Yesterday, an article in the Observer talked about lockdown heralding a brand new start for the book trade. It tells us a great deal about stats and sales, and is very informative, as one would expect. But it got me thinking about events, about other marketing incentives, and about how books can learn from other disciplines.
In the of the virus and the lockdown, the landscape for book sales is shifting – we know this. Bookstores will need social distancing measures, festivals are unlikely to happen, and your basic signing event will need to change.
In part, this is always an organic process. The days of author-and-pen have been fading steadily for some time, replaced instead by panels and talks. More authors at a single event means more fans, more cross-pollination, more sales. People come to see one author and discover two more (the maths are pretty simple), and everybody wins. Obviously, there are still creators who sign and tour alone, but the rest of us mere mortals are better with wing-people.
And with the current climate, it’s inevitable this will change again. Without events, bookstore websites need to become the destination. Smaller and/or debut authors will be promoted more online – which means less expense and less stress for publicists. The ‘blog tour’ concept is already opening its arms to virtual conventions, and that means more authors, more placements, more content, and more reach out. Zoom panels are a thing, and bookshops or bloggers or both can host these – the possibilities are as wide as your imagination.
But we also know that this climate is difficult for smaller bookshops, and we’ve seen how they’re banding together to fight back against the Amazonian juggernaut. But – and hear me out – what if this cross-pollination can be taken a step further?
In my job, I overlap several different disciplines who all approach marketing in their own way. And there’s a quite frustrating tendency to think that comics people are separate from books people who separate from games people… but, here a thought: what if they’re not? What if your common-or-bookshop geek likes more than one thing at a time? What if they like comics and games as well? And what if book marketing has something to learn?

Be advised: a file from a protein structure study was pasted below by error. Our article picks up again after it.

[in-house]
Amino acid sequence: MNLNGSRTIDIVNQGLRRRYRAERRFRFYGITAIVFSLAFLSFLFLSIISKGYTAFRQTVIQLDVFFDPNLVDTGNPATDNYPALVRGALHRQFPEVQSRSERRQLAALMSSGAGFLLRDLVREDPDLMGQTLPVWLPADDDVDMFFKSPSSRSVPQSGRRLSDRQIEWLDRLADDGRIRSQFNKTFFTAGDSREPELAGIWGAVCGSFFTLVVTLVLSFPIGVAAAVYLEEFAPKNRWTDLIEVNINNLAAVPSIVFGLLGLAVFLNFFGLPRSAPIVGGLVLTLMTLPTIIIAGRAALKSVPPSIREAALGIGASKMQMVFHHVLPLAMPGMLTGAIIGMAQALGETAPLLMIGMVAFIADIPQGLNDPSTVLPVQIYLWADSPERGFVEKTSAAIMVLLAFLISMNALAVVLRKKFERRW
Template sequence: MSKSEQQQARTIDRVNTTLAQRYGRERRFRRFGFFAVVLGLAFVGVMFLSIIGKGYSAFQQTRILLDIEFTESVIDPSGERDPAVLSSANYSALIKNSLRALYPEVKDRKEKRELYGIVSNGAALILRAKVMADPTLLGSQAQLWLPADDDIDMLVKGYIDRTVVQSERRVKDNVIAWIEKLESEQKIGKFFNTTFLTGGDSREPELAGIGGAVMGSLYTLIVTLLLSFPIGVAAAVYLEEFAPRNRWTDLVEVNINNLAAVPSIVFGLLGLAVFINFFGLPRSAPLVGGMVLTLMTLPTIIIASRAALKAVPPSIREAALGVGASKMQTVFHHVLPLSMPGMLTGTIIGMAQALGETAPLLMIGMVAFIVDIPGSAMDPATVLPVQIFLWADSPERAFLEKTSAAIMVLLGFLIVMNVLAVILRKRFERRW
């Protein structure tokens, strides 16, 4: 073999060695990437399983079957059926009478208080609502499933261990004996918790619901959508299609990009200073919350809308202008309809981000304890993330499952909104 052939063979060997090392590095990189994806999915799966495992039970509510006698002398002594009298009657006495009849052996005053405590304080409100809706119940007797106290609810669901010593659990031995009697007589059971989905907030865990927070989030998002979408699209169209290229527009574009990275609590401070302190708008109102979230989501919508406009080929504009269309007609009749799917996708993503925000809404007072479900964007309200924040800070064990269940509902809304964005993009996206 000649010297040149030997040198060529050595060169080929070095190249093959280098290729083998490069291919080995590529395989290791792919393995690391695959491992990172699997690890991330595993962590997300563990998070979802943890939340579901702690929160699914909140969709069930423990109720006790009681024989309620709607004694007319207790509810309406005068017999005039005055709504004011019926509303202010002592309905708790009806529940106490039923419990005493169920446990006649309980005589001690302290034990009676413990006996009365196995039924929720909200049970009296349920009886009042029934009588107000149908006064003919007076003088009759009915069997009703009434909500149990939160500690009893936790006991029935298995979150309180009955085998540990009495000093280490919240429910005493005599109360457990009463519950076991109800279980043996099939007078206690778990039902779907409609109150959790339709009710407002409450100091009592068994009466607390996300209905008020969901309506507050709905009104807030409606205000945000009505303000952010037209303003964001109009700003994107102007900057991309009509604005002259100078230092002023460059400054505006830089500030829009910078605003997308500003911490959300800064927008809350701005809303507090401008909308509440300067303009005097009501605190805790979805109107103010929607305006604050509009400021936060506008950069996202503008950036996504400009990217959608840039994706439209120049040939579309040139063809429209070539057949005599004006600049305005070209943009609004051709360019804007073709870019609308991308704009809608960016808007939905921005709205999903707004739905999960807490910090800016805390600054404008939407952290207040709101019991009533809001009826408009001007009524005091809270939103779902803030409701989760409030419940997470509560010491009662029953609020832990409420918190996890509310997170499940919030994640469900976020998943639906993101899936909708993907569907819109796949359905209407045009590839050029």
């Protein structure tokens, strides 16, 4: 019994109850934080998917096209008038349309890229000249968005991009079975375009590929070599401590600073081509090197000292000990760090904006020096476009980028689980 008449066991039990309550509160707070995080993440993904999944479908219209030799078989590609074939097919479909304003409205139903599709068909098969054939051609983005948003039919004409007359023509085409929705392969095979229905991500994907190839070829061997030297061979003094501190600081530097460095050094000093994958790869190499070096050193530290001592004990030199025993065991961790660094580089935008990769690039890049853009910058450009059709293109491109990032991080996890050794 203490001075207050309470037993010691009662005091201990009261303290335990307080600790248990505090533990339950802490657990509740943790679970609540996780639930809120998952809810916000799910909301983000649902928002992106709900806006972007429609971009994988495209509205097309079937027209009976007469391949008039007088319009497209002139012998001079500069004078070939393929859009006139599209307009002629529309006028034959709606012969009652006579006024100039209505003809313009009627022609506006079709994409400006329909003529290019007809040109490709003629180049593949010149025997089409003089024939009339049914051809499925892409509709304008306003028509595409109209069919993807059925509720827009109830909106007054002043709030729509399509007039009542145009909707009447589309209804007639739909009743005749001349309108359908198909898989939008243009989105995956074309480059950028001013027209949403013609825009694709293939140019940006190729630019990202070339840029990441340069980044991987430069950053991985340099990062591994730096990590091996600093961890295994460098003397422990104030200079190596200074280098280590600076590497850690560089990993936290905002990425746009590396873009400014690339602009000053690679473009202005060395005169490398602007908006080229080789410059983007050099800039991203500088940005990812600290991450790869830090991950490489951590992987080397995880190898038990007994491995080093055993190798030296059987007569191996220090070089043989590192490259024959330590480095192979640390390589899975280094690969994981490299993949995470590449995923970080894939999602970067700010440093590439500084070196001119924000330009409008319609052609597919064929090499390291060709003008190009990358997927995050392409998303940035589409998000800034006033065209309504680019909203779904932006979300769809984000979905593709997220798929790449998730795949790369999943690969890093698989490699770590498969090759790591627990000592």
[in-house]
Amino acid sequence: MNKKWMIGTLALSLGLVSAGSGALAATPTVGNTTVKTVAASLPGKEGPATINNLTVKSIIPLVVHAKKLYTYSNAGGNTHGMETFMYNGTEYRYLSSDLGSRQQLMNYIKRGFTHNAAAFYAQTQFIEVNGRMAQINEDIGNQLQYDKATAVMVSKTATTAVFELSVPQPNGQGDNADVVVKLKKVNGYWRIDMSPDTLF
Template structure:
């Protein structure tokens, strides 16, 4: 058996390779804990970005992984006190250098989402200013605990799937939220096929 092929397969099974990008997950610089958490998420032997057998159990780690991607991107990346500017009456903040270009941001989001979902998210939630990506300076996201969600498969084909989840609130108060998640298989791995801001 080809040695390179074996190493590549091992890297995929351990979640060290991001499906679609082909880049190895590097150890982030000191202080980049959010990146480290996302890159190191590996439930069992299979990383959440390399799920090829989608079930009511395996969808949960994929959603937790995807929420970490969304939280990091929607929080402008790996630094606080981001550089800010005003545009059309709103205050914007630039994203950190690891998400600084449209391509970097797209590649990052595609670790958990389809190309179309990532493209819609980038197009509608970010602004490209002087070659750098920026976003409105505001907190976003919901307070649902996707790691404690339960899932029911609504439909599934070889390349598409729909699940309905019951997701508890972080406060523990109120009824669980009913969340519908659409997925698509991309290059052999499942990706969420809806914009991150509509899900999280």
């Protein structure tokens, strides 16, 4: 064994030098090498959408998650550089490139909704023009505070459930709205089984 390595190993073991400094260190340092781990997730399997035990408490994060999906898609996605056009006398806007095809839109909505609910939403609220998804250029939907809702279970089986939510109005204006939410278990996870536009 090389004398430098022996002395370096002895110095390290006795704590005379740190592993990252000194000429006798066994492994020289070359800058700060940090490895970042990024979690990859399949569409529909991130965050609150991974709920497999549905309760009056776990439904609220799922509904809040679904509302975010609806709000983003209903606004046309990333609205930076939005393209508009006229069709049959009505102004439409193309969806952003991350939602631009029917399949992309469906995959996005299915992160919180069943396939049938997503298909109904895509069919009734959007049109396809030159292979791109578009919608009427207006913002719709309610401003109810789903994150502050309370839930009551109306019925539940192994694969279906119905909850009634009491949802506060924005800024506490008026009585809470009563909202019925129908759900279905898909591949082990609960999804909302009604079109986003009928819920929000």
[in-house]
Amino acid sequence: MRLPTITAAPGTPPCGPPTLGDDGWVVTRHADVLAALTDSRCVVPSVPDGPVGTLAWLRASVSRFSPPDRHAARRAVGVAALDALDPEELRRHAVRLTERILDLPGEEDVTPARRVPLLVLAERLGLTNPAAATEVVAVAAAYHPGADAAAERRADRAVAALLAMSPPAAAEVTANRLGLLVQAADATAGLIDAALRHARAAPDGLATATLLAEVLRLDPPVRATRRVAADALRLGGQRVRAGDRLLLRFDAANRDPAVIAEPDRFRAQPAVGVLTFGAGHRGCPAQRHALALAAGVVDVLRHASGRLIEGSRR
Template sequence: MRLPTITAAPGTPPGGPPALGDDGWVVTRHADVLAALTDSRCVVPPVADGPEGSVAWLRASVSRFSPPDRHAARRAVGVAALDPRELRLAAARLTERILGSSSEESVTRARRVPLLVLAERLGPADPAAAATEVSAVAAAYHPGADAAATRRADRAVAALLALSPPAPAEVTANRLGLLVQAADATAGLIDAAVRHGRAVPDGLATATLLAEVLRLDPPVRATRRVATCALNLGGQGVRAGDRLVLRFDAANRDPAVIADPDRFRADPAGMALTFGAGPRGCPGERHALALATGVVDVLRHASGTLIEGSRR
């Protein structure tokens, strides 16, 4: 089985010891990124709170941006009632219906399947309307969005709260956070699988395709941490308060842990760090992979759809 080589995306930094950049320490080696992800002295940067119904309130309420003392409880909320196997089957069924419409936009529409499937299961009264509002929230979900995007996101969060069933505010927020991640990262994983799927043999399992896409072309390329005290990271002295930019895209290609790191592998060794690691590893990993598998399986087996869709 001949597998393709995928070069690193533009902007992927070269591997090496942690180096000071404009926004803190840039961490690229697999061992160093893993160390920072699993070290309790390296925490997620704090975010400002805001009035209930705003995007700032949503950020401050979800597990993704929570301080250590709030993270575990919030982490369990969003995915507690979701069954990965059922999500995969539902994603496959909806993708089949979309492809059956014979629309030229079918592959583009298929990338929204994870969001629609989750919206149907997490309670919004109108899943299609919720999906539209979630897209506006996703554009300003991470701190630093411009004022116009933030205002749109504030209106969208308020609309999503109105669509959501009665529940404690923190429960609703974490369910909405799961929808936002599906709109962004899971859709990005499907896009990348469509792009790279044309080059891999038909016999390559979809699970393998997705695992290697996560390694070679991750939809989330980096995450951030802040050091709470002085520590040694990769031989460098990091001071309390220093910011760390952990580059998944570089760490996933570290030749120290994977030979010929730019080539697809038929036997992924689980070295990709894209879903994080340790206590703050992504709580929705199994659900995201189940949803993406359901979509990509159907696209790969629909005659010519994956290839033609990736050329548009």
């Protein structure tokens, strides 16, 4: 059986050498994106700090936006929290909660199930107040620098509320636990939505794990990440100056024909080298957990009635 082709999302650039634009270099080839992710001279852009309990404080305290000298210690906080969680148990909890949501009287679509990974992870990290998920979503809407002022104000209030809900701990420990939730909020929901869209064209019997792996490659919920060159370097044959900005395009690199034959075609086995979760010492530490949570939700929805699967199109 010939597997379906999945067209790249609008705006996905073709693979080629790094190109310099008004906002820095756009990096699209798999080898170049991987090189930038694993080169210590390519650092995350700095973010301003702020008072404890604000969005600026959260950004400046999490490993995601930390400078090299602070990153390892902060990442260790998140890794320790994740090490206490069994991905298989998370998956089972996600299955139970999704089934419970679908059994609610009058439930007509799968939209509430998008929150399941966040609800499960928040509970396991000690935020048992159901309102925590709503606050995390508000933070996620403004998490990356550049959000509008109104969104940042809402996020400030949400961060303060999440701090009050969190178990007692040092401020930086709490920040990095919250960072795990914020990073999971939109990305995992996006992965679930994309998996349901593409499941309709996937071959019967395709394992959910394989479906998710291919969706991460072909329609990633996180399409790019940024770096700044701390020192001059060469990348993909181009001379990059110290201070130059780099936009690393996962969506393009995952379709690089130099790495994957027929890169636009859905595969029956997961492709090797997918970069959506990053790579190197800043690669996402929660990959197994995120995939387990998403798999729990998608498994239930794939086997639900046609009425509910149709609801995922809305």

Amazon is a nasty, soulless giant, with no personal reachout. And this is what we need to exploit if we want to chase it away. We (as much as we ever can) need to offer that things that it can’t – not only the ‘indie bookstore’ personal touch of digital events and signings and involvement, but also the pretty, individual things that we all love to collect, that we can show off across our own social channels, and that make us happy under lockdown. The treasures that you’d only find in your corner store. Books can have collectible variants, like comics. They can have unique artwork, and signed, mini-print editions. They can have steelbook covers, like games, or they can come with figures, if the budget will stretch enough. And why stop there? Why can’t they come in locked boxes, in embossed leather bindings? Why can’t they come with special, exclusive ‘from-the-author’ content that varies from bookshop to bookshop?
(And suddenly, I’m having a wacky idea of a book published in bits, each bit to a different shop, but that might be an extreme case… hell of a trick to do once, though!)
Now, I get that lot of this is a money thing – badges and bookmarks and cakes (on my) are inexpensive, compared to a limited edition run of a hundred numbered steel jackets. But, as the move to (more) digital would seem to be a given, it would be fantastic if publishers and bookstores could find way to back that up!